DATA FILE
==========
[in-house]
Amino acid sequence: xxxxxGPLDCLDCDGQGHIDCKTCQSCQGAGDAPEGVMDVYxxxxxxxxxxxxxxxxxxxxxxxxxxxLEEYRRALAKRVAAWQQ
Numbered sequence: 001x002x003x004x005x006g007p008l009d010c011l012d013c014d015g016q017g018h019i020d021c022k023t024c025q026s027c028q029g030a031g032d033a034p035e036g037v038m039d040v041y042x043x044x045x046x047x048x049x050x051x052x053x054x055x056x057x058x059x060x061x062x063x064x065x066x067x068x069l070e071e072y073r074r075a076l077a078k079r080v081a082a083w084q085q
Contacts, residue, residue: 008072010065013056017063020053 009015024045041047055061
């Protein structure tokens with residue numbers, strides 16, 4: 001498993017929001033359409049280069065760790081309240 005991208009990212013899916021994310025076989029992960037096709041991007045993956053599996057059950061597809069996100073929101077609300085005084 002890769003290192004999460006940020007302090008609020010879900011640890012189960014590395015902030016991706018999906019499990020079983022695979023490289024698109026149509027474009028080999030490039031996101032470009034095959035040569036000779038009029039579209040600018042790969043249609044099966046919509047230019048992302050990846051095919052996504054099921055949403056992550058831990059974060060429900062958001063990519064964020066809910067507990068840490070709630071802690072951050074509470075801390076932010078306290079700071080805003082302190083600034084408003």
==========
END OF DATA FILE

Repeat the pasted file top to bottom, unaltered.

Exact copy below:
[in-house]
Amino acid sequence: xxxxxGPLDCLDCDGQGHIDCKTCQSCQGAGDAPEGVMDVYxxxxxxxxxxxxxxxxxxxxxxxxxxxLEEYRRALAKRVAAWQQ
Numbered sequence: 001x002x003x004x005x006g007p008l009d010c011l012d013c014d015g016q017g018h019i020d021c022k023t024c025q026s027c028q029g030a031g032d033a034p035e036g037v038m039d040v041y042x043x044x045x046x047x048x049x050x051x052x053x054x055x056x057x058x059x060x061x062x063x064x065x066x067x068x069l070e071e072y073r074r075a076l077a078k079r080v081a082a083w084q085q
Contacts, residue, residue: 008072010065013056017063020053 009015024045041047055061
């Protein structure tokens with residue numbers, strides 16, 4: 001498993017929001033359409049280069065760790081309240 005991208009990212013899916021994310025076989029992960037096709041991007045993956053599996057059950061597809069996100073929101077609300085005084 002890769003290192004999460006940020007302090008609020010879900011640890012189960014590395015902030016991706018999906019499990020079983022695979023490289024698109026149509027474009028080999030490039031996101032470009034095959035040569036000779038009029039579209040600018042790969043249609044099966046919509047230019048992302050990846051095919052996504054099921055949403056992550058831990059974060060429900062958001063990519064964020066809910067507990068840490070709630071802690072951050074509470075801390076932010078306290079700071080805003082302190083600034084408003």